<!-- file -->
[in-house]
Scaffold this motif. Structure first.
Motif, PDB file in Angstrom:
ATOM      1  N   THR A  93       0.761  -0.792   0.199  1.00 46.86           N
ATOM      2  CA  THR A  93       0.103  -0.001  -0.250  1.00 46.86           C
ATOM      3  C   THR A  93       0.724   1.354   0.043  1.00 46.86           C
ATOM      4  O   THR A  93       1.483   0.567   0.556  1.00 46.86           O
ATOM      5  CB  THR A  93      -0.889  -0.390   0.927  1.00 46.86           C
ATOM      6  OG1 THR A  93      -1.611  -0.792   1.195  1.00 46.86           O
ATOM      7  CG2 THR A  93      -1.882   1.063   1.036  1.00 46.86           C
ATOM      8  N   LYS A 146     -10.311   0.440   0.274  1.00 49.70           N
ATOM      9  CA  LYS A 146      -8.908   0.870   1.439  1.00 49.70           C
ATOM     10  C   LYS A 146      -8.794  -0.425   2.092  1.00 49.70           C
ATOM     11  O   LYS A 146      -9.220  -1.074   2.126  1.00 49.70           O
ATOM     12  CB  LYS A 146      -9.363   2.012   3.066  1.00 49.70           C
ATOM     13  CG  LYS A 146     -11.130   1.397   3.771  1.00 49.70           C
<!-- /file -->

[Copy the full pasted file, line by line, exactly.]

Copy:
[in-house]
Scaffold this motif. Structure first.
Motif, PDB file in Angstrom:
ATOM      1  N   THR A  93       0.761  -0.792   0.199  1.00 46.86           N
ATOM      2  CA  THR A  93       0.103  -0.001  -0.250  1.00 46.86           C
ATOM      3  C   THR A  93       0.724   1.354   0.043  1.00 46.86           C
ATOM      4  O   THR A  93       1.483   0.567   0.556  1.00 46.86           O
ATOM      5  CB  THR A  93      -0.889  -0.390   0.927  1.00 46.86           C
ATOM      6  OG1 THR A  93      -1.611  -0.792   1.195  1.00 46.86           O
ATOM      7  CG2 THR A  93      -1.882   1.063   1.036  1.00 46.86           C
ATOM      8  N   LYS A 146     -10.311   0.440   0.274  1.00 49.70           N
ATOM      9  CA  LYS A 146      -8.908   0.870   1.439  1.00 49.70           C
ATOM     10  C   LYS A 146      -8.794  -0.425   2.092  1.00 49.70           C
ATOM     11  O   LYS A 146      -9.220  -1.074   2.126  1.00 49.70           O
ATOM     12  CB  LYS A 146      -9.363   2.012   3.066  1.00 49.70           C
ATOM     13  CG  LYS A 146     -11.130   1.397   3.771  1.00 49.70           C